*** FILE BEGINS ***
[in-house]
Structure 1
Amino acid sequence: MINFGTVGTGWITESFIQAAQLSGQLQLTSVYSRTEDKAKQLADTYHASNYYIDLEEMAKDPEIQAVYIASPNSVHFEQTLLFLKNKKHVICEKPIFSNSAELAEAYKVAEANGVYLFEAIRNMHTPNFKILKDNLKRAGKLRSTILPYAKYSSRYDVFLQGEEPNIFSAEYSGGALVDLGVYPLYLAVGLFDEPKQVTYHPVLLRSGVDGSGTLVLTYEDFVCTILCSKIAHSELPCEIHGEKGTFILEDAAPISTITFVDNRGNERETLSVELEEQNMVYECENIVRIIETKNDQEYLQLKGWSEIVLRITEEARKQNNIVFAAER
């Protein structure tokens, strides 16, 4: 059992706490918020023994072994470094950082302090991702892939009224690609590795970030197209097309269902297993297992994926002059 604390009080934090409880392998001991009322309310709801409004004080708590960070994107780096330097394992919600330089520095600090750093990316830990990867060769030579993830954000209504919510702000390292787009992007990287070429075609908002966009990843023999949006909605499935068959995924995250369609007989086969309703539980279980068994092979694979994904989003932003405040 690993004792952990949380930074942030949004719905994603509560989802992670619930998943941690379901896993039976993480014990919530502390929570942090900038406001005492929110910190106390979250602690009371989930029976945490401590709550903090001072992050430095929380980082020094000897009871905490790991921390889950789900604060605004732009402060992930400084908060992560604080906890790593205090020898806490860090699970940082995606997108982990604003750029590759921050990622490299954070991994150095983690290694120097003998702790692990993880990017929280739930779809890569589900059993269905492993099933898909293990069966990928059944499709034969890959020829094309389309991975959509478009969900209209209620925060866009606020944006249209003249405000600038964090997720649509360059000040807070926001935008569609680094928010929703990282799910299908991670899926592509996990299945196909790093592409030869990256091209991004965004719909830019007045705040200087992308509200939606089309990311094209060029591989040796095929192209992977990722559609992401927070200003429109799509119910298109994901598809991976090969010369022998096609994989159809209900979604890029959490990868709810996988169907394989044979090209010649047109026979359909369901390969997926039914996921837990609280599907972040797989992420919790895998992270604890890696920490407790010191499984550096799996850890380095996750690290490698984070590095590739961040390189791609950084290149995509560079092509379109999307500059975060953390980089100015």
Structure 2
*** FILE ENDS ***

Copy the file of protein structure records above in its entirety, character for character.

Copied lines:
[in-house]
Structure 1
Amino acid sequence: MINFGTVGTGWITESFIQAAQLSGQLQLTSVYSRTEDKAKQLADTYHASNYYIDLEEMAKDPEIQAVYIASPNSVHFEQTLLFLKNKKHVICEKPIFSNSAELAEAYKVAEANGVYLFEAIRNMHTPNFKILKDNLKRAGKLRSTILPYAKYSSRYDVFLQGEEPNIFSAEYSGGALVDLGVYPLYLAVGLFDEPKQVTYHPVLLRSGVDGSGTLVLTYEDFVCTILCSKIAHSELPCEIHGEKGTFILEDAAPISTITFVDNRGNERETLSVELEEQNMVYECENIVRIIETKNDQEYLQLKGWSEIVLRITEEARKQNNIVFAAER
């Protein structure tokens, strides 16, 4: 059992706490918020023994072994470094950082302090991702892939009224690609590795970030197209097309269902297993297992994926002059 604390009080934090409880392998001991009322309310709801409004004080708590960070994107780096330097394992919600330089520095600090750093990316830990990867060769030579993830954000209504919510702000390292787009992007990287070429075609908002966009990843023999949006909605499935068959995924995250369609007989086969309703539980279980068994092979694979994904989003932003405040 690993004792952990949380930074942030949004719905994603509560989802992670619930998943941690379901896993039976993480014990919530502390929570942090900038406001005492929110910190106390979250602690009371989930029976945490401590709550903090001072992050430095929380980082020094000897009871905490790991921390889950789900604060605004732009402060992930400084908060992560604080906890790593205090020898806490860090699970940082995606997108982990604003750029590759921050990622490299954070991994150095983690290694120097003998702790692990993880990017929280739930779809890569589900059993269905492993099933898909293990069966990928059944499709034969890959020829094309389309991975959509478009969900209209209620925060866009606020944006249209003249405000600038964090997720649509360059000040807070926001935008569609680094928010929703990282799910299908991670899926592509996990299945196909790093592409030869990256091209991004965004719909830019007045705040200087992308509200939606089309990311094209060029591989040796095929192209992977990722559609992401927070200003429109799509119910298109994901598809991976090969010369022998096609994989159809209900979604890029959490990868709810996988169907394989044979090209010649047109026979359909369901390969997926039914996921837990609280599907972040797989992420919790895998992270604890890696920490407790010191499984550096799996850890380095996750690290490698984070590095590739961040390189791609950084290149995509560079092509379109999307500059975060953390980089100015």
Structure 2